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Making the Call
By Jim McFarlin | Photo: Courtesy of the Chicago Cubs | August 16, 2016
Pat Hughes’ beautiful baritone has been the soundtrack of summer for just over two decades. Could this be the year he announces a world championship?
“Pat Hughes,” a Chicago Cubs blogger once rhapsodized, “has a voice that is so beautiful, he could talk for three hours about aluminum siding and I’d be captivated the whole time.”
For most of his 21 play-by-play seasons in the catbird seat atop Wrigley Field, the mellifluous Hughes needed all the captivation he could muster. “When you’re with a losing team, it’s the middle of summer, you’ve done 90 games and still have 72 to go, it’s not all laughing and good times,” concedes Hughes, the Bay Area native who is the sound of summer for millions of Cubs faithful.
“You have to love baseball to do this, because it’s relentless,” he says. “It’s a great job and I’m well compensated; I’m not complaining. But people think it’s an easy gig, and it’s not. I try to have fun, be prepared and get ready for that first pitch.”
Fun has been easier to find in this particular Cubs season, as the North Side Nine burst from the gate with the best record in baseball. Hughes, 61, survived recent changes in ownership, front-office management—even local radio dial positions, from WGN to WBBM last year—to describe the team’s game-by-game resurgence firsthand.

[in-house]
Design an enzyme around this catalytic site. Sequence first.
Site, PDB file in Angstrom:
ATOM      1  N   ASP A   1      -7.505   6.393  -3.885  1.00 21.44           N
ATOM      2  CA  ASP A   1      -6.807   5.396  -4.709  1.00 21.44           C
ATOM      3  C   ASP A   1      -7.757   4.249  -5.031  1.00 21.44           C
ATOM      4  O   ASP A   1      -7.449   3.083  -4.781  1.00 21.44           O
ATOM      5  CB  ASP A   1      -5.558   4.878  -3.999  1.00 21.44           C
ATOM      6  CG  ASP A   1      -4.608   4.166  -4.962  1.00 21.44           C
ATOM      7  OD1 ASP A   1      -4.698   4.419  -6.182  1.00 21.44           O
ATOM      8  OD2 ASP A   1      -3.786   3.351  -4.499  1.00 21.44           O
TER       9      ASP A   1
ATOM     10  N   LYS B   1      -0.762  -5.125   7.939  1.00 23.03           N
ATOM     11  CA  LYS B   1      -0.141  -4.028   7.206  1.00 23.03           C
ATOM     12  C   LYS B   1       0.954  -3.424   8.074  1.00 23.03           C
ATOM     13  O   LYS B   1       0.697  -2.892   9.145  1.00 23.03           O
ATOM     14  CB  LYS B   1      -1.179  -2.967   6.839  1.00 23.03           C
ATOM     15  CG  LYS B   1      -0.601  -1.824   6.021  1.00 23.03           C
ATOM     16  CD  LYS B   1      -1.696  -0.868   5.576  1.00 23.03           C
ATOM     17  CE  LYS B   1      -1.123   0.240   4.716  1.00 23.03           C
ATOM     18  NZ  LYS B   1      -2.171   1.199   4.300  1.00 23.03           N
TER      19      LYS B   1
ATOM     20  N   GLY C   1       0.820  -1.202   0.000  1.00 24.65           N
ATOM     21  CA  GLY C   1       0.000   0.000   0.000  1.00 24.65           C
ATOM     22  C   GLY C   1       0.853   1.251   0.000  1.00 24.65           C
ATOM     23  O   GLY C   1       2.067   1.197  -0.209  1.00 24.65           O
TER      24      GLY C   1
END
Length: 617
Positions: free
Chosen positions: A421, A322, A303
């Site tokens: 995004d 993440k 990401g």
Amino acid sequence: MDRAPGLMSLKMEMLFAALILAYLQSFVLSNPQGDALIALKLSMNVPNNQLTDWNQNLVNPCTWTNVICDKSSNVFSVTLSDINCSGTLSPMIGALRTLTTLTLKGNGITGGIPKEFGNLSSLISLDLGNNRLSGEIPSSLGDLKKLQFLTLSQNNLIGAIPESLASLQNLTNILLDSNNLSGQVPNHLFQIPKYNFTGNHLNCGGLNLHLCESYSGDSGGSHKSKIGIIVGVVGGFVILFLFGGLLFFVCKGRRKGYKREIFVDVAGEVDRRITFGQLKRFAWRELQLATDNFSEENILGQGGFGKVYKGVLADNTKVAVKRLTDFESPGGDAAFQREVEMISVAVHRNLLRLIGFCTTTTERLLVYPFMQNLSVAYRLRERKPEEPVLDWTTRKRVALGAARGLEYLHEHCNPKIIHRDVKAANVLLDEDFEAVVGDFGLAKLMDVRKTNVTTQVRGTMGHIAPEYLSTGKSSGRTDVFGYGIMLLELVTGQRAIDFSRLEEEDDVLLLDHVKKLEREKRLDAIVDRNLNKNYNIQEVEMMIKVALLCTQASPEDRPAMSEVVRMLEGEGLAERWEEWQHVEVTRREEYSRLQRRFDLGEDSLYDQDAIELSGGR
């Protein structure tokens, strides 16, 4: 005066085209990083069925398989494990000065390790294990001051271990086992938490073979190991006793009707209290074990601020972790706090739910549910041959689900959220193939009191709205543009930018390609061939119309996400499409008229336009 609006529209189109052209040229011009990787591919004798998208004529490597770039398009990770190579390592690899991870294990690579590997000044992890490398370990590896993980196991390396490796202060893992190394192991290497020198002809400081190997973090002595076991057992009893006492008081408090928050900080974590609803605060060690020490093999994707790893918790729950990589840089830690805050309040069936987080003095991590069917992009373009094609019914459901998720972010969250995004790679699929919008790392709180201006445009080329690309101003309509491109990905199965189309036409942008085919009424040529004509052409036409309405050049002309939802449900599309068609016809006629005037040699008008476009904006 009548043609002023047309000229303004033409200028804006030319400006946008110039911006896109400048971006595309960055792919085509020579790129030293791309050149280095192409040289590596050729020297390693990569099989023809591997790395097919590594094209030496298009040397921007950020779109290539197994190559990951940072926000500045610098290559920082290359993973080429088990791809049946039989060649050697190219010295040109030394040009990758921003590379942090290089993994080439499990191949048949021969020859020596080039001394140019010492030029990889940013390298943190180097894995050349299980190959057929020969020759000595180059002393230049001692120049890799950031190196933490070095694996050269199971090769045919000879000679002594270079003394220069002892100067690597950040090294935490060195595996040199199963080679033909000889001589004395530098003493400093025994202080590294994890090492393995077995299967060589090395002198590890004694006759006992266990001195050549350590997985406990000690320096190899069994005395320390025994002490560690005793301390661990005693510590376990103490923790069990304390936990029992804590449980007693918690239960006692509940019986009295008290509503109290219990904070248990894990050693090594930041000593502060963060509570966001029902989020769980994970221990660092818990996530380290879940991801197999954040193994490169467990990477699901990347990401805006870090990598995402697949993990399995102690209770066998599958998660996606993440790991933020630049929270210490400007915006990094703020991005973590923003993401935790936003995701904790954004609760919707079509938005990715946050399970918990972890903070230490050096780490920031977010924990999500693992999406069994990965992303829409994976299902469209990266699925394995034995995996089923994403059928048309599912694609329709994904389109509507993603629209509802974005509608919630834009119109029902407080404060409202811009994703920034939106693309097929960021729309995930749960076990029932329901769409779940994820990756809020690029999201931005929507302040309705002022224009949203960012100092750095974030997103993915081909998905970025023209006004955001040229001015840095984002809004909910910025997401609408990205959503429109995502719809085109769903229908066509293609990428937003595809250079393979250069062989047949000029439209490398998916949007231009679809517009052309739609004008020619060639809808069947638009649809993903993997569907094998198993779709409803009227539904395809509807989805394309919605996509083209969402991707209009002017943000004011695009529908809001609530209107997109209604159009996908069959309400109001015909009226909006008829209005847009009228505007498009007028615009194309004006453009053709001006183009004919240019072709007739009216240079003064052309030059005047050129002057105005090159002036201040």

The late Ron Santo, fanatical half of the Pat and Ron Show for 14 years as Hughes’ on-air partner, proclaimed every season: “THIS… IS… THE… YEAR!” This season, barring a Bartman, the Mets or a late-season collapse, Santo’s vow finally may come true.
Hughes, who claims 34 consecutive seasons as a big-league broadcaster—12 alongside baseball’s clown prince, Bob Uecker, in Milwaukee—is excited by the possibility of a Cub conquest, but not for the reason you might expect.
“I’m more than ready to cover a league champion and a World Series for the first time,” says Hughes, a student of the game’s greatest announcers. “So, personally, it’s extremely exciting for me.”
His legendary play-by-play predecessors, Harry Caray and Jack Brickhouse, “were alive when I got here and treated me great,” Hughes reflects. “They would have loved to see this team.”